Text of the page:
Spoilers are precisely defined here. Rules vary by the story's medium. Info from television stories can't be added here until after the top or bottom of the hour, British time, closest to the end credits roll on BBC One. Therefore, fans in the Americas who are sensitive to spoilers should avoid Tardis on Sundays until they've seen the episode.
Doctor Who Magazine Special Edition is an occasional publication of Panini Comics. Since January 2002, each issue has offered a detailed view of some aspect of Doctor Who. Though each issue is in fact numbered, most people refer to particular issues by their topic, rather than the number. In choosing to emphasise the content of the individual issue over its place in a larger series, it is occasionally forgotten that Doctor Who Magazine Special Edition is the actual title, rather than a descriptive phrase.
Unlike the seasonal Marvel special issues of Doctor Who Magazine, Panini's Special Edition is a standalone magazine in its own right. Importantly, it is no way a subscriber bonus, as was the original intent of the Marvel seasonals.
There is also little commonality of format between Special Edition and either DWM or Marvel's seasonal issues. Each issue of Special Edition has invariably offered a retrospective view of the programme. Whether reprinting the comic exploits of the Ninth Doctor or exploring the production of the First, all issues of Special Edition deal with a topic that is firmly in the past. This can be easily contrasted with the general practice of the Marvel seasonals. Though there were a few that offered nothing but reprints of past comic strips, the vast majority presented new fiction interspersed amongst non-fiction articles. In other words, most of the seasonals looked very much like regular issues of DWM.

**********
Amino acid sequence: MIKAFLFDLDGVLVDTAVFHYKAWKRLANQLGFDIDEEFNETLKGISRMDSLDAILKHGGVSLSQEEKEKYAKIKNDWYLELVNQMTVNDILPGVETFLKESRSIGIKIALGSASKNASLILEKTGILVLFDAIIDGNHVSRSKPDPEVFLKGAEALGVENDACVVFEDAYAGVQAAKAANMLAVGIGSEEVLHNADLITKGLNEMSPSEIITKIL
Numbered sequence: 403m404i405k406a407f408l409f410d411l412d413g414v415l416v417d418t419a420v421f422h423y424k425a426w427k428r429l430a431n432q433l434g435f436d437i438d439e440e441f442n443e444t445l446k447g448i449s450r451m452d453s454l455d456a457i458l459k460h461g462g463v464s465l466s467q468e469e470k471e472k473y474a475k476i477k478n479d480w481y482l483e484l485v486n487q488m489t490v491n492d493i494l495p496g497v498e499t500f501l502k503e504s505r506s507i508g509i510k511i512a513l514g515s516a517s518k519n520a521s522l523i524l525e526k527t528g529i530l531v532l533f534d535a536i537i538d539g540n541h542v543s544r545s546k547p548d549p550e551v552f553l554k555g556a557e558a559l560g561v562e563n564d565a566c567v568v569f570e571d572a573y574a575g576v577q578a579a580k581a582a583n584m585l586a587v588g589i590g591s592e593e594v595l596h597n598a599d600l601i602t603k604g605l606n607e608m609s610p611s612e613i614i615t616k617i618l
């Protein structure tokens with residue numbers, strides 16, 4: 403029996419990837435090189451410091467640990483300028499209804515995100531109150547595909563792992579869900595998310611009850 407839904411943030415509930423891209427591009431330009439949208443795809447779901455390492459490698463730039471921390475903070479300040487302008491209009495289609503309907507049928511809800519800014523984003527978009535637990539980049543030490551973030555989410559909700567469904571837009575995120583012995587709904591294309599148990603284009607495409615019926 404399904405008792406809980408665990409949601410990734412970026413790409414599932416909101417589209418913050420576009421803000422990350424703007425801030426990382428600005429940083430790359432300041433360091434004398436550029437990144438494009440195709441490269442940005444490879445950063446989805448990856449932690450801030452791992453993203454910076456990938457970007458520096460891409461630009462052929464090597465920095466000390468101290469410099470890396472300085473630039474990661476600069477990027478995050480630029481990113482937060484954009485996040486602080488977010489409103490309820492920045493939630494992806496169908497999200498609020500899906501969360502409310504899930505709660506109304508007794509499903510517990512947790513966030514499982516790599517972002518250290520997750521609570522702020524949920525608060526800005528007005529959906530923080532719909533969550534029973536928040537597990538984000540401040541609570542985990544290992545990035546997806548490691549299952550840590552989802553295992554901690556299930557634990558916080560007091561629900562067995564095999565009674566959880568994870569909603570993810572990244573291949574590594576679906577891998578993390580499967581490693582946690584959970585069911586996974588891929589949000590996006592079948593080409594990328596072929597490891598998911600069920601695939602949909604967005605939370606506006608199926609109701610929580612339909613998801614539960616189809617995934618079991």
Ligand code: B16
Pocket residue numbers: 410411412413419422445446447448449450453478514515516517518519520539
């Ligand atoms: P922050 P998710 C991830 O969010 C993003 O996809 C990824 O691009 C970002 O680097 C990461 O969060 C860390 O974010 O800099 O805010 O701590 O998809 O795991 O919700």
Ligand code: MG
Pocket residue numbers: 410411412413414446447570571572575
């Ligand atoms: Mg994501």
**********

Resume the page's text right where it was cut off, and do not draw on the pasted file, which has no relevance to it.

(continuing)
Since January 2002, Special Editions have taken five main forms:
Early issues explored a single Doctor's "era" in great detail. These included essays by writers — among them such prominent names as Paul Cornell, Gareth Roberts and Robert Shearman — giving personal critiques of individual stories from that Doctor's era, and also analyses of non-television appearances by that Doctor. This "series" was completed with the release of the issue covering the Seventh Doctor in February 2005.
Since the new series began, each year one or more issues of this magazine have been produced as a "companion" to a recently-finished series, looking back on the production of each episode, in much the same manner as the earlier archives features for the "classic" series. Similar specials have also covered the production of the spin-off The Sarah Jane Adventures, but not, to date, Torchwood, as production of that series (or, at least the first three seasons) was covered by Torchwood Magazine.
At roughly the same time, the magazine's editors began a campaign to tell the programme's history chronologically. They thus began the In Their Own Words series. This series collected excerpts from interviews with Doctor Who cast and crew and presented them in chronological order.
Once, the series allowed a reprint venue for the comic exploits of the Ninth and Tenth Doctors.
Some issues have collected Telesnaps from missing episodes from the Hartnell and Troughton eras.